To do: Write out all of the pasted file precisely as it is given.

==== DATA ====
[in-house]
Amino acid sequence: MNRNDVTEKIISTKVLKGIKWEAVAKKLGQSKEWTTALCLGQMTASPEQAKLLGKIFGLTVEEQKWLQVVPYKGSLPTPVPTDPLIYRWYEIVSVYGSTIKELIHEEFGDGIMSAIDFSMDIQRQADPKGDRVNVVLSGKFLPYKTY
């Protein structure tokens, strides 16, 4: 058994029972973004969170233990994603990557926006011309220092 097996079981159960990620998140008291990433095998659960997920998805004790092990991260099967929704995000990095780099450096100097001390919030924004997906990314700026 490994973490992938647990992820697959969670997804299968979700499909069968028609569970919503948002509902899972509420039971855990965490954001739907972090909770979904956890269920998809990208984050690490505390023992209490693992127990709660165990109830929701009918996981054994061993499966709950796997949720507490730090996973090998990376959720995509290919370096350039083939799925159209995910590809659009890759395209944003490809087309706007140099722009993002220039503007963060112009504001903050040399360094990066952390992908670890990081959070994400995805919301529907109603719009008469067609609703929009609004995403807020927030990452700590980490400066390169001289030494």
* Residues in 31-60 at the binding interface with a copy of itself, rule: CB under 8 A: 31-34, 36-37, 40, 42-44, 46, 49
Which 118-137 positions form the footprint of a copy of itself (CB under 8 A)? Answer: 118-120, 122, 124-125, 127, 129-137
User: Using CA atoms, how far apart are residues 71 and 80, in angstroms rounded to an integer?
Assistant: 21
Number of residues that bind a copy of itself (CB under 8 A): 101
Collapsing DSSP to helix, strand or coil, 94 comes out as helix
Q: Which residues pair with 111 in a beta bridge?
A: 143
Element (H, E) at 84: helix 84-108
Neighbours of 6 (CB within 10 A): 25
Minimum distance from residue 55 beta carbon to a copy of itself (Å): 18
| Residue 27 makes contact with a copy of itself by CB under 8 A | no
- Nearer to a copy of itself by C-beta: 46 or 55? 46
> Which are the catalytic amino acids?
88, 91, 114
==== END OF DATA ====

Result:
[in-house]
Amino acid sequence: MNRNDVTEKIISTKVLKGIKWEAVAKKLGQSKEWTTALCLGQMTASPEQAKLLGKIFGLTVEEQKWLQVVPYKGSLPTPVPTDPLIYRWYEIVSVYGSTIKELIHEEFGDGIMSAIDFSMDIQRQADPKGDRVNVVLSGKFLPYKTY
């Protein structure tokens, strides 16, 4: 058994029972973004969170233990994603990557926006011309220092 097996079981159960990620998140008291990433095998659960997920998805004790092990991260099967929704995000990095780099450096100097001390919030924004997906990314700026 490994973490992938647990992820697959969670997804299968979700499909069968028609569970919503948002509902899972509420039971855990965490954001739907972090909770979904956890269920998809990208984050690490505390023992209490693992127990709660165990109830929701009918996981054994061993499966709950796997949720507490730090996973090998990376959720995509290919370096350039083939799925159209995910590809659009890759395209944003490809087309706007140099722009993002220039503007963060112009504001903050040399360094990066952390992908670890990081959070994400995805919301529907109603719009008469067609609703929009609004995403807020927030990452700590980490400066390169001289030494």
* Residues in 31-60 at the binding interface with a copy of itself, rule: CB under 8 A: 31-34, 36-37, 40, 42-44, 46, 49
Which 118-137 positions form the footprint of a copy of itself (CB under 8 A)? Answer: 118-120, 122, 124-125, 127, 129-137
User: Using CA atoms, how far apart are residues 71 and 80, in angstroms rounded to an integer?
Assistant: 21
Number of residues that bind a copy of itself (CB under 8 A): 101
Collapsing DSSP to helix, strand or coil, 94 comes out as helix
Q: Which residues pair with 111 in a beta bridge?
A: 143
Element (H, E) at 84: helix 84-108
Neighbours of 6 (CB within 10 A): 25
Minimum distance from residue 55 beta carbon to a copy of itself (Å): 18
| Residue 27 makes contact with a copy of itself by CB under 8 A | no
- Nearer to a copy of itself by C-beta: 46 or 55? 46
> Which are the catalytic amino acids?
88, 91, 114